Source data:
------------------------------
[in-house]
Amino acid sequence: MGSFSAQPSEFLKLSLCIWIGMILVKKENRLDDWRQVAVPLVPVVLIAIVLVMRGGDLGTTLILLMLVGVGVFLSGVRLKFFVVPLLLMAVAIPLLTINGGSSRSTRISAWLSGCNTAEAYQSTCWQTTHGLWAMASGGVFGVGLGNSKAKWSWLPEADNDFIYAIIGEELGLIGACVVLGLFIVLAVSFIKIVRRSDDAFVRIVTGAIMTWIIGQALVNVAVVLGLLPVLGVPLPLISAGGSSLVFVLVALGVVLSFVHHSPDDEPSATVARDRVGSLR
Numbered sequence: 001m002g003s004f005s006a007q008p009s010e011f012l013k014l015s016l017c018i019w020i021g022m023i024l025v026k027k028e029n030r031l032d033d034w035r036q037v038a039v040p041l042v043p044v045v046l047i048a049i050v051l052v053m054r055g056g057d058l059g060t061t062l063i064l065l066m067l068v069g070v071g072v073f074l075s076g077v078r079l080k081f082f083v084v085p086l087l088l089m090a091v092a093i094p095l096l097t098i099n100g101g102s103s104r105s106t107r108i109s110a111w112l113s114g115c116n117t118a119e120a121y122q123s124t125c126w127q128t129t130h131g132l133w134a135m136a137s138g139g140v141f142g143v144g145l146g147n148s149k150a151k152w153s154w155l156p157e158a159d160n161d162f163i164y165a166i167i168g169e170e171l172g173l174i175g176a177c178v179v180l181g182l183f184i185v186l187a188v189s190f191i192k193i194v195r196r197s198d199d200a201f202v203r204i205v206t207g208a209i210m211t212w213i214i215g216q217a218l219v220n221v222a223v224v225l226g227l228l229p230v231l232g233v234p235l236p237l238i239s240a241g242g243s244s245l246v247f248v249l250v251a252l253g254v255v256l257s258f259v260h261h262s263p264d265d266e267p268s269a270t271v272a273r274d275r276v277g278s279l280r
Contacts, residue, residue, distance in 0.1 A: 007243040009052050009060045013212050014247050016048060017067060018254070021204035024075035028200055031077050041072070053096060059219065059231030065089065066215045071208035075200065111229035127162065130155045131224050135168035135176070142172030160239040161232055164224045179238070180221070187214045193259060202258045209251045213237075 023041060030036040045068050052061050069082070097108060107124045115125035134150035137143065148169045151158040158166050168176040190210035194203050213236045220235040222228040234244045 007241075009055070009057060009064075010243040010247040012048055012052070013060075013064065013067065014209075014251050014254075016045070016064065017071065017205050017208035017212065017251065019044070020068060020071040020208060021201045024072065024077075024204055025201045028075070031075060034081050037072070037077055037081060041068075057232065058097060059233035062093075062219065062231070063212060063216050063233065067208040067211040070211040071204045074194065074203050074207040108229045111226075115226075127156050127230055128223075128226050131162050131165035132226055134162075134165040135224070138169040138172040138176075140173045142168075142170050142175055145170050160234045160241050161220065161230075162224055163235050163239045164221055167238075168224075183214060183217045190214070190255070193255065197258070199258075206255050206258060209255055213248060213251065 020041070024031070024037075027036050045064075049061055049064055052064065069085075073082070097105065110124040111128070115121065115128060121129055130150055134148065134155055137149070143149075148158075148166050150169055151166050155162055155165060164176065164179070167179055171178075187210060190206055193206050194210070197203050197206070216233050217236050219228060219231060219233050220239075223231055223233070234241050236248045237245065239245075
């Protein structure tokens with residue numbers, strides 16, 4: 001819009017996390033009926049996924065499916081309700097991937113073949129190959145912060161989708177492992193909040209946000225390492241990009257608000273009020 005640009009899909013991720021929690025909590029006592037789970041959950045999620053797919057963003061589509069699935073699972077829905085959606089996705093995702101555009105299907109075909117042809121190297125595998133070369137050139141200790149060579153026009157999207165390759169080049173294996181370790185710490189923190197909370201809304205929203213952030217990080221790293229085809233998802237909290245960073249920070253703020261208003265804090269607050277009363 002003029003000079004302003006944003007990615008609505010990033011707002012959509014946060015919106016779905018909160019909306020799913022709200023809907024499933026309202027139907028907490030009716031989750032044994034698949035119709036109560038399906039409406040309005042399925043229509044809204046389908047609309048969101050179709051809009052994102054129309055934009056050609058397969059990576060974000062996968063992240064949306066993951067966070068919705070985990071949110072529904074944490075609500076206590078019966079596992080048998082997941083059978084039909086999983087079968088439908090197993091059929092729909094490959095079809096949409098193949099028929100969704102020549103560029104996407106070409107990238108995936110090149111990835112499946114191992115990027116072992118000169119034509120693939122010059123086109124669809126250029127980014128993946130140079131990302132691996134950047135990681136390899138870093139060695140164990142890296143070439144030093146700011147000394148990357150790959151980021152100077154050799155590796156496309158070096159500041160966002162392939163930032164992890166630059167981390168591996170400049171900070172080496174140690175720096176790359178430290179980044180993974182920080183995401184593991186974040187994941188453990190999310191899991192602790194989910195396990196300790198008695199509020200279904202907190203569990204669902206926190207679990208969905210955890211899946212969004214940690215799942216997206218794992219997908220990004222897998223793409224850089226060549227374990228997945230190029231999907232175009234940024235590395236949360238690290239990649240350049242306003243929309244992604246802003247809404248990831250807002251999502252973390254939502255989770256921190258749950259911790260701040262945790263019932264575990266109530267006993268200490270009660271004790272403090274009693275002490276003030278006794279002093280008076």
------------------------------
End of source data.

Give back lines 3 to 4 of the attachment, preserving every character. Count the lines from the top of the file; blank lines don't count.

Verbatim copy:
Numbered sequence: 001m002g003s004f005s006a007q008p009s010e011f012l013k014l015s016l017c018i019w020i021g022m023i024l025v026k027k028e029n030r031l032d033d034w035r036q037v038a039v040p041l042v043p044v045v046l047i048a049i050v051l052v053m054r055g056g057d058l059g060t061t062l063i064l065l066m067l068v069g070v071g072v073f074l075s076g077v078r079l080k081f082f083v084v085p086l087l088l089m090a091v092a093i094p095l096l097t098i099n100g101g102s103s104r105s106t107r108i109s110a111w112l113s114g115c116n117t118a119e120a121y122q123s124t125c126w127q128t129t130h131g132l133w134a135m136a137s138g139g140v141f142g143v144g145l146g147n148s149k150a151k152w153s154w155l156p157e158a159d160n161d162f163i164y165a166i167i168g169e170e171l172g173l174i175g176a177c178v179v180l181g182l183f184i185v186l187a188v189s190f191i192k193i194v195r196r197s198d199d200a201f202v203r204i205v206t207g208a209i210m211t212w213i214i215g216q217a218l219v220n221v222a223v224v225l226g227l228l229p230v231l232g233v234p235l236p237l238i239s240a241g242g243s244s245l246v247f248v249l250v251a252l253g254v255v256l257s258f259v260h261h262s263p264d265d266e267p268s269a270t271v272a273r274d275r276v277g278s279l280r
Contacts, residue, residue, distance in 0.1 A: 007243040009052050009060045013212050014247050016048060017067060018254070021204035024075035028200055031077050041072070053096060059219065059231030065089065066215045071208035075200065111229035127162065130155045131224050135168035135176070142172030160239040161232055164224045179238070180221070187214045193259060202258045209251045213237075 023041060030036040045068050052061050069082070097108060107124045115125035134150035137143065148169045151158040158166050168176040190210035194203050213236045220235040222228040234244045 007241075009055070009057060009064075010243040010247040012048055012052070013060075013064065013067065014209075014251050014254075016045070016064065017071065017205050017208035017212065017251065019044070020068060020071040020208060021201045024072065024077075024204055025201045028075070031075060034081050037072070037077055037081060041068075057232065058097060059233035062093075062219065062231070063212060063216050063233065067208040067211040070211040071204045074194065074203050074207040108229045111226075115226075127156050127230055128223075128226050131162050131165035132226055134162075134165040135224070138169040138172040138176075140173045142168075142170050142175055145170050160234045160241050161220065161230075162224055163235050163239045164221055167238075168224075183214060183217045190214070190255070193255065197258070199258075206255050206258060209255055213248060213251065 020041070024031070024037075027036050045064075049061055049064055052064065069085075073082070097105065110124040111128070115121065115128060121129055130150055134148065134155055137149070143149075148158075148166050150169055151166050155162055155165060164176065164179070167179055171178075187210060190206055193206050194210070197203050197206070216233050217236050219228060219231060219233050220239075223231055223233070234241050236248045237245065239245075